The lay of the land
One of the first items we discuss with new clients is their site.
When designing a new facility, the land where it sits is probably the single most important factor to consider. Why you ask? Let me try to explain below:
1. We try to design buildings in a way that is respectful and harmonious with Mother Nature. Also, we want to do everything we can to build something that is durable/sustainable.
2. The way the new building is situated on the site can and should take advantage of natural light and natural breezes. This helps to decrease short and long term energy consumption, which in turn saves our clients money.
3. We try to take advantage of existing topography to create beautiful exterior spaces that minimize the amount of material and manpower to create these spaces.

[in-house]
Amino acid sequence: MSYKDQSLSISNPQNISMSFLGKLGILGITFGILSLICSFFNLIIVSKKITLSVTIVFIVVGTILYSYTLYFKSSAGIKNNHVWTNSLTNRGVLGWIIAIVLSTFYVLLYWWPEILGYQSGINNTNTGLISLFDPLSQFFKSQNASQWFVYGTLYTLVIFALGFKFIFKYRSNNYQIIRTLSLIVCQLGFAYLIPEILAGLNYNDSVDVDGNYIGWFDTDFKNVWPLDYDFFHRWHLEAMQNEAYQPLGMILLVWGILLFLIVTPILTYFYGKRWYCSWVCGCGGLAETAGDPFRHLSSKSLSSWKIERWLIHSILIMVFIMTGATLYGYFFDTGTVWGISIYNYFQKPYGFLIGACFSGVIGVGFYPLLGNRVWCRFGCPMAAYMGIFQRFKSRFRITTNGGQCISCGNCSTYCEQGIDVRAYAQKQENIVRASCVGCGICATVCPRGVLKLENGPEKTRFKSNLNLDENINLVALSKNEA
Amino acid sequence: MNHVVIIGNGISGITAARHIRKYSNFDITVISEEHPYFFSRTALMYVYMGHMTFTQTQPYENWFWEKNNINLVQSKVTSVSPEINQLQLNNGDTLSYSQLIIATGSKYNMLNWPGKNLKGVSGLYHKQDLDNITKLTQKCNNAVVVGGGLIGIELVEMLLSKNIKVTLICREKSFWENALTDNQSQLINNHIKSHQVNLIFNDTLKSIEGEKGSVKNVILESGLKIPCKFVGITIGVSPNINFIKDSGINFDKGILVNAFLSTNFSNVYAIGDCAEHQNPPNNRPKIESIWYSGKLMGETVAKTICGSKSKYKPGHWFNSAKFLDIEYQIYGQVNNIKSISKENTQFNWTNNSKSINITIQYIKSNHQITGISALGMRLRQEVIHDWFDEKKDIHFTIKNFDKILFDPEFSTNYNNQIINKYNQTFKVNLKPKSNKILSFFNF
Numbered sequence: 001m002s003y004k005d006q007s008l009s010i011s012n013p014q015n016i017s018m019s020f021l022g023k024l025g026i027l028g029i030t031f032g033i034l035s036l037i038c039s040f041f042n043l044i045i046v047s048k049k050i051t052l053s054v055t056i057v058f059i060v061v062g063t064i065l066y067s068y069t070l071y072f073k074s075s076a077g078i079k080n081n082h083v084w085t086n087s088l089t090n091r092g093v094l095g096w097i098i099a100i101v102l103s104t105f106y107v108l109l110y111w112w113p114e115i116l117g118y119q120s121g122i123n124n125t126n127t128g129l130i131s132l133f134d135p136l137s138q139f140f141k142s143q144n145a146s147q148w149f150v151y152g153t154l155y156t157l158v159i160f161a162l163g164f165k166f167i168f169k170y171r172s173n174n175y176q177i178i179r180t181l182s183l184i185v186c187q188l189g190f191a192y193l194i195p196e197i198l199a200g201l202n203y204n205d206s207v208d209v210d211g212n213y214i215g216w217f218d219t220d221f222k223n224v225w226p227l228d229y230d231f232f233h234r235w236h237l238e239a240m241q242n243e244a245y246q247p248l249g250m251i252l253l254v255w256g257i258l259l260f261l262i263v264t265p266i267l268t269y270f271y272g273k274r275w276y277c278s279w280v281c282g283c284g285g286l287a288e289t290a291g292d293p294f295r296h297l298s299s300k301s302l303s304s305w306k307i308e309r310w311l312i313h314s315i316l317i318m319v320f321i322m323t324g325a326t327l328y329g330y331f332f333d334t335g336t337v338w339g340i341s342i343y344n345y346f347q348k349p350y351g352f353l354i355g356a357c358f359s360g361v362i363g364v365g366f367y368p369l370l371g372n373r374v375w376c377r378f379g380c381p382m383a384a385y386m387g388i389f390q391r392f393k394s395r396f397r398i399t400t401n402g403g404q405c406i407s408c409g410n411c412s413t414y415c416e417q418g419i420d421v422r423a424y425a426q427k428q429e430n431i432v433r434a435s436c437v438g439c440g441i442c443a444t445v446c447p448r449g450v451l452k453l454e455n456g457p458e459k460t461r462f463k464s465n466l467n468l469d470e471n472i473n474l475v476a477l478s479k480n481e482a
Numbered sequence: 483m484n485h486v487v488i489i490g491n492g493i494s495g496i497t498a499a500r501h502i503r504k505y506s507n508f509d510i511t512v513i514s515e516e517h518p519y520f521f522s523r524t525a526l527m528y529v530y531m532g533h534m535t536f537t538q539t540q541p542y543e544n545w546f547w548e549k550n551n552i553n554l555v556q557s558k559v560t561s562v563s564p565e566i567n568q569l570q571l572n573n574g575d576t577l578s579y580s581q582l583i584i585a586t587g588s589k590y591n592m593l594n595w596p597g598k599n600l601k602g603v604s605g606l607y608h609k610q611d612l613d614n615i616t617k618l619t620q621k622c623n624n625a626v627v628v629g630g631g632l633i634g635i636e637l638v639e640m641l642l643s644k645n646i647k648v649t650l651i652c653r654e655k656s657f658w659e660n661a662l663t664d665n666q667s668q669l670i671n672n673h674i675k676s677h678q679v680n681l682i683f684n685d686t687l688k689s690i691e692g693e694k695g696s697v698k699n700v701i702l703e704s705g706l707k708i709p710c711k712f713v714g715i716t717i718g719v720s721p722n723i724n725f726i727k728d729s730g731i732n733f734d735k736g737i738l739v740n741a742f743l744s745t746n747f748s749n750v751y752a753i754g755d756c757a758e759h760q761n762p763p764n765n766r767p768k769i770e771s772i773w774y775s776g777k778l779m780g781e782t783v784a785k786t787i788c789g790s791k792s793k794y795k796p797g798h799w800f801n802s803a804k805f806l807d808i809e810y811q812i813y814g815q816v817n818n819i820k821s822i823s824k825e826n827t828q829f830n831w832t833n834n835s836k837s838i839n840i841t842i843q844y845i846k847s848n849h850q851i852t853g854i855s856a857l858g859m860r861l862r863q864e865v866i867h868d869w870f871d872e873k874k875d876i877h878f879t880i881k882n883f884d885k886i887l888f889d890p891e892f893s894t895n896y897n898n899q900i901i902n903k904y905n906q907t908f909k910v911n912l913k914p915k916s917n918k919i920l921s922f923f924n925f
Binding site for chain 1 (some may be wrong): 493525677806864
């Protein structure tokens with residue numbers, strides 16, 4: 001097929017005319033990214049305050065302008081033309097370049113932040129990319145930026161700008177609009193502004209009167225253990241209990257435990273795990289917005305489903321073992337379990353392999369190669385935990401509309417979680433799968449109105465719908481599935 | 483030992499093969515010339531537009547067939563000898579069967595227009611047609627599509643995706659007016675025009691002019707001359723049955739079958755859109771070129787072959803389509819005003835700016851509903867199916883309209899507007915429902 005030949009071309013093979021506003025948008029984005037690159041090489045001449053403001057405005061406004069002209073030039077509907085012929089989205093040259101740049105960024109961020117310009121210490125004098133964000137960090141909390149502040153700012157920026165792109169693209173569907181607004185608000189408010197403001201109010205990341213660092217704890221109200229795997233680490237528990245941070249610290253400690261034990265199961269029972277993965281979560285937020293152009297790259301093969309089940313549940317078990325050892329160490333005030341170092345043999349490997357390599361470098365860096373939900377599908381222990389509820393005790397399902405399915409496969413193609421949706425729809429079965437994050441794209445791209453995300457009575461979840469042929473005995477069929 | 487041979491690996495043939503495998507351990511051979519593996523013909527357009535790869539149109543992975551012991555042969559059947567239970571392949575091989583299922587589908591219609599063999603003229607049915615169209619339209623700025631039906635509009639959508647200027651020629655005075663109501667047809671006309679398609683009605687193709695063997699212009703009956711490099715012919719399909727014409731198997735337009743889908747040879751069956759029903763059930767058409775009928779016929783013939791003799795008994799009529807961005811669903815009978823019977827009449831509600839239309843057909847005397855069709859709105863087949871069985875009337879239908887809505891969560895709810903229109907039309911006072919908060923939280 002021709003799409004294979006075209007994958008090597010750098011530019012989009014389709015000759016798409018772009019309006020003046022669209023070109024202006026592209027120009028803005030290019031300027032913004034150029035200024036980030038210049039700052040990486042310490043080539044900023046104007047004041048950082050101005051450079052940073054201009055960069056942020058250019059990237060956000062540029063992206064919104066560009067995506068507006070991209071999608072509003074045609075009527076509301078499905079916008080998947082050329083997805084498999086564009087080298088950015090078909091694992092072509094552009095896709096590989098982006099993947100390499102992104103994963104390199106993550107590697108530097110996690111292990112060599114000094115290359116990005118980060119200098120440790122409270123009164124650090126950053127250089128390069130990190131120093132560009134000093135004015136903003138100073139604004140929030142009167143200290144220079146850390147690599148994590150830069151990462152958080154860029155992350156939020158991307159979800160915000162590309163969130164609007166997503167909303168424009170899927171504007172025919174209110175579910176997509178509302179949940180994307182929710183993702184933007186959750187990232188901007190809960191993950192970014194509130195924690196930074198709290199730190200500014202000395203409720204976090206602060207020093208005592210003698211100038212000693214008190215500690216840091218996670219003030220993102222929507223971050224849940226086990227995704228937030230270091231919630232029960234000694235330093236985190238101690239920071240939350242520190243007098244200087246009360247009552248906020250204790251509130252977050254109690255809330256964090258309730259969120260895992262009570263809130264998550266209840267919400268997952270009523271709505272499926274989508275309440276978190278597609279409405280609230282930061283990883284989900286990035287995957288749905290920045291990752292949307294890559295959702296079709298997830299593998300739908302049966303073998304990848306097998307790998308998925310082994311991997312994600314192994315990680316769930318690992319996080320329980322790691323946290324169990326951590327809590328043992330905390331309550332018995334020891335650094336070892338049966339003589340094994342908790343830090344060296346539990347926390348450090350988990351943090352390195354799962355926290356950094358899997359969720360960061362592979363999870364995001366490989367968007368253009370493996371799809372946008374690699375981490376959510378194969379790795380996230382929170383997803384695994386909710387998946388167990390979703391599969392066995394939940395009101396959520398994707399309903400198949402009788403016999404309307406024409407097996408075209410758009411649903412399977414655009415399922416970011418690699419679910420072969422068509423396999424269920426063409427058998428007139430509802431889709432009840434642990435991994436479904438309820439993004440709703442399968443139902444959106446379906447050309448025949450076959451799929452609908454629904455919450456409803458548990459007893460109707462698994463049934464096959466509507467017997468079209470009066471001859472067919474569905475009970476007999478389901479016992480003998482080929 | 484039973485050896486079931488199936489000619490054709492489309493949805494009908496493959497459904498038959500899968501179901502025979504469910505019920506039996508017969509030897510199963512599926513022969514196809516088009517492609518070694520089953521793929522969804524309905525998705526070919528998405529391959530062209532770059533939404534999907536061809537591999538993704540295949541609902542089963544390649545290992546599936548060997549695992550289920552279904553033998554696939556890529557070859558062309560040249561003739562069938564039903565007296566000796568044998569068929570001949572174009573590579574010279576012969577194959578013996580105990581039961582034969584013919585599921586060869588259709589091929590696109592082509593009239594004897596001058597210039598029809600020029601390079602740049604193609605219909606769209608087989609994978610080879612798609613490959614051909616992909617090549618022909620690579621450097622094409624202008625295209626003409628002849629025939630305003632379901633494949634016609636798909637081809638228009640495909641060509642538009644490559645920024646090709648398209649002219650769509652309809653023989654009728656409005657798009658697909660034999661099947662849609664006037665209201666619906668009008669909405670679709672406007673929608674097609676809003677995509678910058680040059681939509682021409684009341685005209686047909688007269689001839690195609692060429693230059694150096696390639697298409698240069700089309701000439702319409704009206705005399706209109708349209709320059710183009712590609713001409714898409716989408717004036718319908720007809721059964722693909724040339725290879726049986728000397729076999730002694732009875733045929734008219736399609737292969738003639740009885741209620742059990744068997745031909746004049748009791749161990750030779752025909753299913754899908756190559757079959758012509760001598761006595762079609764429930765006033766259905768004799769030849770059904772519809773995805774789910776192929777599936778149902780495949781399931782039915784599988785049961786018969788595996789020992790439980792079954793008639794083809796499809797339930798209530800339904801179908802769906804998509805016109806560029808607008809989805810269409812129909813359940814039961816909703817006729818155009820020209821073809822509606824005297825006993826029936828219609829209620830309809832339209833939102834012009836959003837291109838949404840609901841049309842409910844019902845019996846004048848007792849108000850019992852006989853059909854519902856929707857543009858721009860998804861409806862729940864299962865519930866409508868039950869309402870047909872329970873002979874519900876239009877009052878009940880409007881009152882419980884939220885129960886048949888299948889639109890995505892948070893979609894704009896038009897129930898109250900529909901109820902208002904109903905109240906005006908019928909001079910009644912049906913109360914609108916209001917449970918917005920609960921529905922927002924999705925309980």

There are other factors to consider but in order to keep the post short, those three will suffice for now.
So, how do we accomplish this? We begin with a schematic site study. This study includes existing topography, how the sun interacts with the site, and natural breezes.
We recently began working with a church that purchased 10 acres of property. This church had the foresight to hire a Surveyor that produced a survey to include contour lines/topography. In an effort to assist us and our clients better understand our site, we created a three dimensional model that depicted the current site conditions. The process is shown below.
Notice how the model shows the relatively flat areas and the two drainage swales that naturally traverse the site. By modeling the existing site, it allowed us to efficiently determine the locations of buildings, parking, recreational fields, a playground, and an amphitheater.
Now that we have located the various pieces of the plan, we can begin to schematically design the buildings to take advantage of the natural light and existing breezes that are already available to us.
And I’ll discuss those two aspects in another post.
Thanks for reading.